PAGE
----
• 14. Feminism and cultural studies In the field of cultural studies feminism concerns have gained more ground. Many innovating studies about “women genres” such as soap operas, romance novels and women’s magazines and their audiences , have informed and have been informed by this approach (e.g. Hobson, 1982) Cultural studies approaches are gaining momentum given the growing number of publications in the vein (e.g. Baehr & Dyer. 1987) It is circumscribed by existing ethnic and economic power relations, and by the fact that “ in virtually all cultures, whatever is thought of as Manly , is more highly valued than whatever is thought of as Womanly ” ( Harding, 1986) What part do media play in the ongoing social construction of gender? All media are among the central sites in which struggle over making place. Stuart Hall’s (1980) encoding- decoding model is a good starting point in case.
  • 15. Stuart Hall’s (1980) encoding-decoding model Encoding and decoding need not to be symmetrical, i.e. audiences don’t need to understand media texts as producers have intended them. In fact, a certain ‘misunderstanding is likely because of the lack of equivalence between the two sides of production. (Hall, 1980 ) Three hypothetical positions from which audiences may interpret television texts are identified: The viewer who takes up a dominant-hegemonic positions reads the texts in terms of its encoding which makes the model symmetrical. The negotiated positions entails many more contradictions since the negotiating viewer accepts the global sense of the dominant encoding, but lets her own logic prevail at a more situated level. The most radical reading comes from an oppositional position in which the reader/viewer recognizes the text as inflected with dominant codes and recodes it within her own alternative frame of reference. Bausinger (1984)describes a family in which the man returns home from work and immediately turns on the TV, seemingly to watch the news, but effectively expressing a desire to be left alone.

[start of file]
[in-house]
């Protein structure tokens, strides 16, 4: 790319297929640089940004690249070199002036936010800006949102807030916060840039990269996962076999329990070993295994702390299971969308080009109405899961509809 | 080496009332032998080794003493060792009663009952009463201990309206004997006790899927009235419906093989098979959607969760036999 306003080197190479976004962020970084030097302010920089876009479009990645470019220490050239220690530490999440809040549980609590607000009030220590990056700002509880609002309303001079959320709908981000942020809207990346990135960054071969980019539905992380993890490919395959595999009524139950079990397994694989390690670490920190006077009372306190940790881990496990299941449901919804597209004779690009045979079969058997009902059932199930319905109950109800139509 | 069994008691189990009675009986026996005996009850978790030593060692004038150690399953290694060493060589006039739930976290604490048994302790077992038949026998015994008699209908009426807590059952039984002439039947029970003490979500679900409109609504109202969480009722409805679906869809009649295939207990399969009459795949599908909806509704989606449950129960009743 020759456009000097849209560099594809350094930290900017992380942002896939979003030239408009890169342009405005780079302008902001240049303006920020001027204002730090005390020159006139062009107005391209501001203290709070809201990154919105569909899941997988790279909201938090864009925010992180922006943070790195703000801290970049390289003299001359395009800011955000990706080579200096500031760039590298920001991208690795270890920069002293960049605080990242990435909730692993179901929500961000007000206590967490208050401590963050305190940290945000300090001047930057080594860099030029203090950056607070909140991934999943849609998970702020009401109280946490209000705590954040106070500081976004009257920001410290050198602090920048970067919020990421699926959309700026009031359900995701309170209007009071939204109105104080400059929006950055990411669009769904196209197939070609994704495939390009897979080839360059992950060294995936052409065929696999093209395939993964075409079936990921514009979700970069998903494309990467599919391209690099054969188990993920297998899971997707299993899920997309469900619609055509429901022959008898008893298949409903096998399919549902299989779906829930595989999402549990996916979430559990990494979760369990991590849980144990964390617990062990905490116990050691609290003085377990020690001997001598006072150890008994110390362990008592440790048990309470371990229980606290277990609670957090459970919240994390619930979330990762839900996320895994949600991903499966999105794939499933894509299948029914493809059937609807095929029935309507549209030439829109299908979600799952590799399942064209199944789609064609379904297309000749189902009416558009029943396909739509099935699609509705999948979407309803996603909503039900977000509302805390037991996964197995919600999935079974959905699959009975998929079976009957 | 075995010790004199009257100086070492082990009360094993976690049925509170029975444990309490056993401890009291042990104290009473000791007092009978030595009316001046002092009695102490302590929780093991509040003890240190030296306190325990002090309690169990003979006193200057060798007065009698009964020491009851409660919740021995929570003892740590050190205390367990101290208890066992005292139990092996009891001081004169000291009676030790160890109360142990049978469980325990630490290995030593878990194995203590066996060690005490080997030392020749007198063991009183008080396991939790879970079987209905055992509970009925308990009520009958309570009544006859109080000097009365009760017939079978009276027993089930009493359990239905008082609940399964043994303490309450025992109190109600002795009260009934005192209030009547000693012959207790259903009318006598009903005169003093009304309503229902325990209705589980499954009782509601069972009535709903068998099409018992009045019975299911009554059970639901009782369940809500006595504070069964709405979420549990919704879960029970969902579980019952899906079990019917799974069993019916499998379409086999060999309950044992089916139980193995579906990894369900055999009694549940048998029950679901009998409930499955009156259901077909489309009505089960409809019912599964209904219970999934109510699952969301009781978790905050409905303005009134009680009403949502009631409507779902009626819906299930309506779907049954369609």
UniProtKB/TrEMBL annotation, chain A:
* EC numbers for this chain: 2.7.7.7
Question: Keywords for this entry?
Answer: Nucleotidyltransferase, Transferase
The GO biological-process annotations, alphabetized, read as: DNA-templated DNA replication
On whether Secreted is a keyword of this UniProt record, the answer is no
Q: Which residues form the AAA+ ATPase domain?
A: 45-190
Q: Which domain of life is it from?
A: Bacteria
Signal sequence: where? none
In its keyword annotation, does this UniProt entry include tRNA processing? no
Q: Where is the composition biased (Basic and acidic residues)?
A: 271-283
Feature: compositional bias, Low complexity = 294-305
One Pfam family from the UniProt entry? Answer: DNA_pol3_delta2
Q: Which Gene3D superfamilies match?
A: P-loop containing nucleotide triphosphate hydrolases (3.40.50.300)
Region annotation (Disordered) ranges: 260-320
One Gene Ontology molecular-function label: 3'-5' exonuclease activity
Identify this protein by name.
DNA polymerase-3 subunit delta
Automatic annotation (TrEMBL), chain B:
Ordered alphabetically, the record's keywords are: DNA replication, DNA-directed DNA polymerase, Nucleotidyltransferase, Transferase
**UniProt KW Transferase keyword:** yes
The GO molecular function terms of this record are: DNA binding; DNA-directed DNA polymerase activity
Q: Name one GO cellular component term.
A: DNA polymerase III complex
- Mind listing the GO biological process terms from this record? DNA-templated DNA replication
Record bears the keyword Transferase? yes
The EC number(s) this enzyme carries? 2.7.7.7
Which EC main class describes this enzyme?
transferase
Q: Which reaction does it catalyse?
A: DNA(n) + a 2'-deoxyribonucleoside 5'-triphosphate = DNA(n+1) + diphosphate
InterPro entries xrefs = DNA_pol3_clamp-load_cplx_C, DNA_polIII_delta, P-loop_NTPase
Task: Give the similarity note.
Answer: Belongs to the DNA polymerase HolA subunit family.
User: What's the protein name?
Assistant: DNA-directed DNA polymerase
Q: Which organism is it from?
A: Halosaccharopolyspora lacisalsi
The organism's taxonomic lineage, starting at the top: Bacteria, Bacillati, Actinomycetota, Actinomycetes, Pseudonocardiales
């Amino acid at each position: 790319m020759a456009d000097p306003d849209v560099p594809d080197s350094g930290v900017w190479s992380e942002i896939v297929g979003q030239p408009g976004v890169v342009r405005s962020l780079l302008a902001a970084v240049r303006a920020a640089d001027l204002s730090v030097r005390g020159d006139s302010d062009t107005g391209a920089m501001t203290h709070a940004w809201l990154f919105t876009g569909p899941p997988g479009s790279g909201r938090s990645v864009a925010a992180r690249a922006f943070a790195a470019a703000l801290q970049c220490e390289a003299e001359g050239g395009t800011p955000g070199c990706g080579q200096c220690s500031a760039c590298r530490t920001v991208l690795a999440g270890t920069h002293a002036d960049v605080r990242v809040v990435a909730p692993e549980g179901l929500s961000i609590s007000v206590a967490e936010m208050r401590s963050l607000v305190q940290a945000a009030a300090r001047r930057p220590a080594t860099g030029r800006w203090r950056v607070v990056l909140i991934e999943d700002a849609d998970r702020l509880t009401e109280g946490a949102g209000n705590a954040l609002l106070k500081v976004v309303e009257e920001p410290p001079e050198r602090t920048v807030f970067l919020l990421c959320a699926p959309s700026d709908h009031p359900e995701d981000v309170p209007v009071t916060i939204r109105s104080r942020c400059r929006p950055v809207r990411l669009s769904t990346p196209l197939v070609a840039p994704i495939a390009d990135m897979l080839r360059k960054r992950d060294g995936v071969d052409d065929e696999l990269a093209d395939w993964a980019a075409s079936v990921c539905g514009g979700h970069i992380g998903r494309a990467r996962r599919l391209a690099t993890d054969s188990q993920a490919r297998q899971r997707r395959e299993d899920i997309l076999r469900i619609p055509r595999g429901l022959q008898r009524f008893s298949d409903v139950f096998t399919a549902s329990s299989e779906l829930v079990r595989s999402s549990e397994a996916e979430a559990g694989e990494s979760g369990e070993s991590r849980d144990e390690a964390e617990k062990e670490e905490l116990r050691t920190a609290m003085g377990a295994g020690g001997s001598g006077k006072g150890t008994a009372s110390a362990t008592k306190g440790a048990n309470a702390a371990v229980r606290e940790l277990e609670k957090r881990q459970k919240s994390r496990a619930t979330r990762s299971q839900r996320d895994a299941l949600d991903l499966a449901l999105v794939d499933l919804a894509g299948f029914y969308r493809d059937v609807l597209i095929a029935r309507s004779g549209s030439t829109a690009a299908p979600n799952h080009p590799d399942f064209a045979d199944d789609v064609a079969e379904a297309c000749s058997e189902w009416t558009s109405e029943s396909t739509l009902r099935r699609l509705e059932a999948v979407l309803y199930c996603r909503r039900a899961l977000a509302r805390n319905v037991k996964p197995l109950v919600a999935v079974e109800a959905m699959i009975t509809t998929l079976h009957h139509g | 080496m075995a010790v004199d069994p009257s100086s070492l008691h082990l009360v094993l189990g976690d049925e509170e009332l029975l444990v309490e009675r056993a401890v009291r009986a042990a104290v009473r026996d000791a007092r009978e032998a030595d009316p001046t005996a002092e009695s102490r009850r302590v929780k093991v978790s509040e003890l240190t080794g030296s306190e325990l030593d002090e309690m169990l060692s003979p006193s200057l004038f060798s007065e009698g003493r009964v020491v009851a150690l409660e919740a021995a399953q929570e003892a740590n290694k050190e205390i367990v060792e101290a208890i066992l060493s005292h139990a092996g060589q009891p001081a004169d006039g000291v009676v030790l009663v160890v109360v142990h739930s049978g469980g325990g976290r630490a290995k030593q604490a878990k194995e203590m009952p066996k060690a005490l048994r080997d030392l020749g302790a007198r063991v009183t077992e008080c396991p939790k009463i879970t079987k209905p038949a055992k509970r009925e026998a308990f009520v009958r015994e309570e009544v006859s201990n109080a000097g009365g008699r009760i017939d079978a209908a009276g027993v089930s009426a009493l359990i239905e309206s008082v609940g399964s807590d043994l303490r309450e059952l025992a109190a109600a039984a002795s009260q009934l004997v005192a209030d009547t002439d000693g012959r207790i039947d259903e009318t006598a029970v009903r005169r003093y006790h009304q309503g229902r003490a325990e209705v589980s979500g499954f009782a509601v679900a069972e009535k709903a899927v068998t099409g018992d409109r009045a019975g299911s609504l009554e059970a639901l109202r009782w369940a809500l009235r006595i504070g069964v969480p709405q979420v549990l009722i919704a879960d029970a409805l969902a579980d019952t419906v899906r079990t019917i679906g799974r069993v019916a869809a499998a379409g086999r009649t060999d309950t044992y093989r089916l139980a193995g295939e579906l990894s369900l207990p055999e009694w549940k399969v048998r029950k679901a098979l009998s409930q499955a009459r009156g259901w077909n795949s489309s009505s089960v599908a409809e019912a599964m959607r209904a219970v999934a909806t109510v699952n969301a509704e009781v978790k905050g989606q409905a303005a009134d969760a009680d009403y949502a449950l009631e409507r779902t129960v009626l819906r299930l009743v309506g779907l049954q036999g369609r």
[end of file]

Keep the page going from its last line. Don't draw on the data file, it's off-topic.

• 16. Transmission models of communication In transmission models of communication women are perceived as victims of dominant culture as expressed in media messages . Supposedly, they are bombarded by disempowering images all but alien to their true selves. The interaction between media and female audiences thus takes on the form of one way street . However, people do not only take media as expressions of dominant culture, they also use media to express something about themselves, as women. In each social situation an appropriate feminine identity has to be established and expressed . Women can use media to pick up and try out different feminine subject positions at the level of fantasy. But the actual use of media can also be expressive as the glossy existence of expensive “life style" magazines, read by many not so well off readers, proves.
  • 17. Criticism There is a fundamental problem to cultural feminist media studies. Feminist critique aims to expose the powers as well as the limits of the gendered division of the world. With some exceptions men and masculinity have managed to remain invisible in media research: ”this has always been its ruse in order to hold on its power. Masculinity tries to stay invisible by passing itself as normal and universal…if masculinity can present itself as normal it automatically makes the feminine seem deviant and different” (Easthope, 1986:1) Another area where feminists can contribute critical perspectives is pornography . In the womens movement in the 1980s and 1990s, groups often called for the banning or withdrawal of films, hoardings and other visual representations considered degrading to women. In the recent dance bar controversy in Mumbai, for example, a Hindi films item number was not censored by the film certification authorities, but a bar dancers performance of it was criticized and used as a pretext for shutting down dance bars.
  • 18. Feminist perspectives on mediawe are just concerned with how women areportrayed in the media or how many womenwork in the media. We are also concernedabout what kinds of lives they lead, what statusthey have, and what kind of society we have.The answer to these questions will determineour future strategies for communication andnetworking. Communication alternatives need toemerge from our critique of the present worldorder and our vision of the future. ( Bhasin,Khan, 1994)
  • 19. Conclusion Standing outside the mainstream, “women" have certainly played a crucial role in women’s struggle around the world. Part of a global networking, consciousness-raising and knowledge creation project, they have enabled women to communicate through their own word and images. If print and publishing were initially the most widely used formats, in the past two decades other media such as music, radio, video, film and increasingly the new communication technologies have also been important. Over the same period, in most regions there has been a steady growth of women’s media associations and networks, and an increase in the number of women working in mainstream media.
  • 20. conclusion How can we sum up the role of feminist scholarship and feminist activism in relation to media theory and media practice? According to Mansiha Chaudary “it’s like riding a tiger: once you get on you can’t get off. It’s a continuous process. You can’t stop it. There is no beginning, there is no end ”
  • 21. ThanksThanks Thanks